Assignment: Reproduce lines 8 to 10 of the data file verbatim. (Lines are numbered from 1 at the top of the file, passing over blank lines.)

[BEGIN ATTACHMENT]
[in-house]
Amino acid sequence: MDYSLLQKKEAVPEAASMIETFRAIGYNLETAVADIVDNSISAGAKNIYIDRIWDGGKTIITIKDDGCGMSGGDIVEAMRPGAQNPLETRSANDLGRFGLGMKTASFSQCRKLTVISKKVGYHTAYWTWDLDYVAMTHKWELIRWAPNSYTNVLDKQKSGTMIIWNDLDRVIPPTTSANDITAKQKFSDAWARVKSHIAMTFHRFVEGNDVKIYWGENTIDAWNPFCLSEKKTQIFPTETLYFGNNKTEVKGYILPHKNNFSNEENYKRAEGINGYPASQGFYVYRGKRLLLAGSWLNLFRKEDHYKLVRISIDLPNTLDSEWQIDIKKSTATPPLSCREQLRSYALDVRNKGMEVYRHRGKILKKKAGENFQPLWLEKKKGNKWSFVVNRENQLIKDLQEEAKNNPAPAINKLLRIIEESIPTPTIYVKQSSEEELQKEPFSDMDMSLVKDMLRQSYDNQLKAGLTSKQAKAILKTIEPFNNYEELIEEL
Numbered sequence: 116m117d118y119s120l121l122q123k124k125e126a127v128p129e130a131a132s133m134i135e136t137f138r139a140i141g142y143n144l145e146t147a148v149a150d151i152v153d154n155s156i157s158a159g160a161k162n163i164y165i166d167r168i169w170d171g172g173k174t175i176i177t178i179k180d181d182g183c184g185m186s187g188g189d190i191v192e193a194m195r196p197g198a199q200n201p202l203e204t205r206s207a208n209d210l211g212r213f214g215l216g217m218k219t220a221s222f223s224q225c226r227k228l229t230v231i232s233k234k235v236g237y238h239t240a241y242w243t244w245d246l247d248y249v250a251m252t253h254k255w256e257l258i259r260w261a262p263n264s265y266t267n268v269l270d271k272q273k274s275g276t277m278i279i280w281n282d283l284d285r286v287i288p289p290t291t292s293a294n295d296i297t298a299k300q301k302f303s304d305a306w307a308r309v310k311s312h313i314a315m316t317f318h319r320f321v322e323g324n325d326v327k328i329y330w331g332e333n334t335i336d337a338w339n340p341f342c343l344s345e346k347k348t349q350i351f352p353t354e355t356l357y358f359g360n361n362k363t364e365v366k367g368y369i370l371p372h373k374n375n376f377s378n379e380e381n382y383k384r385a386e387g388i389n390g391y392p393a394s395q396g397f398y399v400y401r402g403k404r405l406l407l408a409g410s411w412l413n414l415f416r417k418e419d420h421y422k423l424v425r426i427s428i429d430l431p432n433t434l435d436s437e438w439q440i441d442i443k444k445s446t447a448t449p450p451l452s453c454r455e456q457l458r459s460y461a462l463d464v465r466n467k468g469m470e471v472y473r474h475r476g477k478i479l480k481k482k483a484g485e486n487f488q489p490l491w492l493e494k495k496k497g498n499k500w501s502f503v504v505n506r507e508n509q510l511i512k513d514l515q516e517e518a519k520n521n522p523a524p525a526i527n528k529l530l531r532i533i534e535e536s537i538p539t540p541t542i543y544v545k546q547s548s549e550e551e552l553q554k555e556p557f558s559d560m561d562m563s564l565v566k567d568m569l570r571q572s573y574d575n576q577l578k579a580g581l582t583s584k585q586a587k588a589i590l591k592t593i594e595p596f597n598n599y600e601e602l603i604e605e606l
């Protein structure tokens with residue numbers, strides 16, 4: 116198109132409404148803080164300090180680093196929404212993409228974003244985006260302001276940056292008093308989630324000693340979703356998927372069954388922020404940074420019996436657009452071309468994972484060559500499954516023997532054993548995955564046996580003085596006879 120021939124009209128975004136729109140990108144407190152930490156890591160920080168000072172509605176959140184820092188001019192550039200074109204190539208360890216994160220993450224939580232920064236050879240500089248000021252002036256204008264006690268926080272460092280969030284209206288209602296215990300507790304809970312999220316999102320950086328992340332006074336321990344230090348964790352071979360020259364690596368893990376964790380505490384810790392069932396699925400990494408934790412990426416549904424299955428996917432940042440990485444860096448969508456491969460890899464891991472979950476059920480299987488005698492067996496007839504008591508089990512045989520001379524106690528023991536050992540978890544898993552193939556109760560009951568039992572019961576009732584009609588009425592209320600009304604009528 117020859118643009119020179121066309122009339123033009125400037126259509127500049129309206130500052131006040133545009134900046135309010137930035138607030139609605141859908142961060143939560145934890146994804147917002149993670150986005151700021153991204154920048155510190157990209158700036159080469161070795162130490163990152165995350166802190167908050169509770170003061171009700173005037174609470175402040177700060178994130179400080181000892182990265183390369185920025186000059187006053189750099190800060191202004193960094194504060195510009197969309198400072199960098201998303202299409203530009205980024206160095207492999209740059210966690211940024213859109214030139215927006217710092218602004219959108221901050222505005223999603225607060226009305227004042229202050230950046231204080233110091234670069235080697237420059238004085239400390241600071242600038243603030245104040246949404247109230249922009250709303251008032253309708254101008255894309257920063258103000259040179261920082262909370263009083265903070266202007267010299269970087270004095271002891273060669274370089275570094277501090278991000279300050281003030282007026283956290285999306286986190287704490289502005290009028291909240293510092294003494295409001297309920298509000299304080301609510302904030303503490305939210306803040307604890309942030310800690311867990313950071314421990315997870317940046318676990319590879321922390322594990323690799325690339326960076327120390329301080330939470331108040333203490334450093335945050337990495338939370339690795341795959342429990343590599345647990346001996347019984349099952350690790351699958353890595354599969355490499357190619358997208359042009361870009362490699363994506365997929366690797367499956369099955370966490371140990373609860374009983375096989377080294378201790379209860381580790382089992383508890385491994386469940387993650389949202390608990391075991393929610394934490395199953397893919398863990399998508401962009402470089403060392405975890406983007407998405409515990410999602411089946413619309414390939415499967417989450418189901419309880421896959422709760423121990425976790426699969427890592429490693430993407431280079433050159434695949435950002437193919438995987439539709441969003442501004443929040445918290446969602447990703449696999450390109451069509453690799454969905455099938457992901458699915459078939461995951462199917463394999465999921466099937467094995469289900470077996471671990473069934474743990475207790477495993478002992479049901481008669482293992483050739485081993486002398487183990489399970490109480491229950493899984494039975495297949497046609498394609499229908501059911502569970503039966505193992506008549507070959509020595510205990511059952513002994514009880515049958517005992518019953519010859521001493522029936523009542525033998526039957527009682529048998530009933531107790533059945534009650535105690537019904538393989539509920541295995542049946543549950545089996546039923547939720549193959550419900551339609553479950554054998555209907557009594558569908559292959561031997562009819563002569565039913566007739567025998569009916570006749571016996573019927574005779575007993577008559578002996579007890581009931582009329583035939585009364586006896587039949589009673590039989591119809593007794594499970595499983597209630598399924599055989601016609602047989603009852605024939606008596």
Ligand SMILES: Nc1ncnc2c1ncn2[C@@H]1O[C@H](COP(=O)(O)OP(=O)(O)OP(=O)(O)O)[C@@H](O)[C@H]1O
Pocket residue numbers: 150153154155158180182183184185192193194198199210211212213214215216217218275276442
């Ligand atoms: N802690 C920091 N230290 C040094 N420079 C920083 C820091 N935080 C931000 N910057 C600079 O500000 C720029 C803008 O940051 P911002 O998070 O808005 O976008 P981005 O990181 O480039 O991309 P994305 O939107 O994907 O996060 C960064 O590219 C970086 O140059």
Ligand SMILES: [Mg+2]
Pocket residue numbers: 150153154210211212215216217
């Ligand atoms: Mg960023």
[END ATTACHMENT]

Ligand SMILES: [Mg+2]
Pocket residue numbers: 150153154210211212215216217
């Ligand atoms: Mg960023």